Increased emphasis on conflicts of interest has yet to sway physicians’ generally positive attitudes toward drug and device manufacturers’ marketing activities, a survey of almost 600 attending physicians and trainees showed.
More than 70% of respondents saw nothing inappropriate about attending sponsored lunches, and 25% had no problems with accepting large gifts from industry representatives, according to an article in the June issue of Archives of Surgery.
Surgeons, trainees, and respondents unfamiliar with institutional policies on conflict of interest tended to have more positive attitudes about gifts.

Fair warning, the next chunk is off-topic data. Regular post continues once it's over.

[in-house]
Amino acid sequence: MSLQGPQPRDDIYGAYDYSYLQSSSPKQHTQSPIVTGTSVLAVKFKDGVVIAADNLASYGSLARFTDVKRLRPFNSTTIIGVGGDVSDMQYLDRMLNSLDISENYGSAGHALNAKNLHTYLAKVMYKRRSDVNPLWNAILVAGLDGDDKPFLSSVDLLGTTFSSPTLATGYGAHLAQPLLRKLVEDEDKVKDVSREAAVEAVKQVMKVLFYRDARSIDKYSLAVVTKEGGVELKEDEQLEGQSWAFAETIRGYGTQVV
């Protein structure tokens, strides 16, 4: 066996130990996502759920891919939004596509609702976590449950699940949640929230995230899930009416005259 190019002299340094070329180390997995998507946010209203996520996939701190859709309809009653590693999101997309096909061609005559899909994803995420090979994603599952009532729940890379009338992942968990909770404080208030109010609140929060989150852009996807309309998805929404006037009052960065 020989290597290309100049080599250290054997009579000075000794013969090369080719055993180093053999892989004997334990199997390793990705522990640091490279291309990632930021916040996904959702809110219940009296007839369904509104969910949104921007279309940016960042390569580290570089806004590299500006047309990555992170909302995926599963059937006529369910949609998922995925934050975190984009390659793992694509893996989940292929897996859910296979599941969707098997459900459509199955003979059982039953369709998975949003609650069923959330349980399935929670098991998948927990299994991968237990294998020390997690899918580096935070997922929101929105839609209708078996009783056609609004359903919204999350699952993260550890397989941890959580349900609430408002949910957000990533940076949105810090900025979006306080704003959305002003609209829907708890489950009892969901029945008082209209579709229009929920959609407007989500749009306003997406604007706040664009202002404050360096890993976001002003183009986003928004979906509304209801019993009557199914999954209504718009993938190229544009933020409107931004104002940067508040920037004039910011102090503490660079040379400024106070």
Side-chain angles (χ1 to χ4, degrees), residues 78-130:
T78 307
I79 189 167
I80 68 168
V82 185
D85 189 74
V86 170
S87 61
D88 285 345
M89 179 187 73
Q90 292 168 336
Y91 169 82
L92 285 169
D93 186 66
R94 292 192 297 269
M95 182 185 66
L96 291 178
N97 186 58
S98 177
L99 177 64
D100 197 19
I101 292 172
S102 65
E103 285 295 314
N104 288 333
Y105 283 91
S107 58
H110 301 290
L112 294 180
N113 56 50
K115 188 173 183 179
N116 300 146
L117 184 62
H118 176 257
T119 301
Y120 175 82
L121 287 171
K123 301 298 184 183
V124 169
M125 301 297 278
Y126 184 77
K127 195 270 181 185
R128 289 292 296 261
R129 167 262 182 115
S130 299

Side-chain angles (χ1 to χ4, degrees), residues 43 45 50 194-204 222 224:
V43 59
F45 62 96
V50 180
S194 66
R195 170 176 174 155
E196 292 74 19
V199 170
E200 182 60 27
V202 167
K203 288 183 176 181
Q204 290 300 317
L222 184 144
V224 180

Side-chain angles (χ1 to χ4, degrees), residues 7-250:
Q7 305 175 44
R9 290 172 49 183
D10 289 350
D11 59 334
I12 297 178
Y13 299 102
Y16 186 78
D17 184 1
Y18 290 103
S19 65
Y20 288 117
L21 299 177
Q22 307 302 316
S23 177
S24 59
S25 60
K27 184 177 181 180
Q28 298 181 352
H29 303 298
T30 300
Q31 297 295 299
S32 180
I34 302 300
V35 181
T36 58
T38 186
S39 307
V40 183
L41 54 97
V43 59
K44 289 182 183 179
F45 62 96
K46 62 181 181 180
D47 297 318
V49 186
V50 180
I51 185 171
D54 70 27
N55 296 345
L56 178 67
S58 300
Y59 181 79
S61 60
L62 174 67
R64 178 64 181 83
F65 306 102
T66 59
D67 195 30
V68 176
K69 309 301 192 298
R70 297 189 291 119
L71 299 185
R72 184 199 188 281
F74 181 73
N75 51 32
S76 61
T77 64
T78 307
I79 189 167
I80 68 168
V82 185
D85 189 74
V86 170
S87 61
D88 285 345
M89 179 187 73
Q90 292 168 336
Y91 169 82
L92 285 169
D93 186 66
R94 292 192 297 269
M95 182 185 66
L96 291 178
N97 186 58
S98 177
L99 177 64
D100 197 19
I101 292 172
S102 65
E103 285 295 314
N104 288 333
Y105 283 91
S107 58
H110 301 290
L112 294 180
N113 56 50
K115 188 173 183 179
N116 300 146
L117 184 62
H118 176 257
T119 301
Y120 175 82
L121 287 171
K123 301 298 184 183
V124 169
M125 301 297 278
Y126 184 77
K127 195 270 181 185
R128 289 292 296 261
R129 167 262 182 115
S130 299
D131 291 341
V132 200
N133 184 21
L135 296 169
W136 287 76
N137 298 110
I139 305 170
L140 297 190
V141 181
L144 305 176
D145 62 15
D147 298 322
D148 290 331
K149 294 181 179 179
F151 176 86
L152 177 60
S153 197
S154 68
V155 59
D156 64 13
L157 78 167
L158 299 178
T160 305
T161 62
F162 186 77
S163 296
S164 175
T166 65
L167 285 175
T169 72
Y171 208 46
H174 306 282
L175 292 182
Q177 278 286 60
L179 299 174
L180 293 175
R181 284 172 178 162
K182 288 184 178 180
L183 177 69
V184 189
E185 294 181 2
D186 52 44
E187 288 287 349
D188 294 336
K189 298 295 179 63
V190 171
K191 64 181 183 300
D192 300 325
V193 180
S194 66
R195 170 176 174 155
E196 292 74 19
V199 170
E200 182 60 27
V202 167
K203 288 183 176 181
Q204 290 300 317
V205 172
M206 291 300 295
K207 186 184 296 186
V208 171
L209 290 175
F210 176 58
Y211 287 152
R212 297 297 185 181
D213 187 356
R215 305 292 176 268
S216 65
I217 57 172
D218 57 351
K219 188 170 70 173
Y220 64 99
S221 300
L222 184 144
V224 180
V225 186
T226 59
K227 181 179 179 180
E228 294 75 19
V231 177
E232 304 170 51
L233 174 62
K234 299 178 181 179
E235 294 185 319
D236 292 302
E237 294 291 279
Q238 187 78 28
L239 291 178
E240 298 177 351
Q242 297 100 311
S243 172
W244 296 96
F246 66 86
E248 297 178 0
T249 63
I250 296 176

“Our finding of overall positive physician attitudes is notable in this time of increasing public concern about potential conflicts of interest, increasing regulation, and a move toward stricter guidelines for physician-industry interactions,” Deborah Korenstein, MD, of Mount Sinai School of Medicine in New York City, and colleagues wrote in conclusion.
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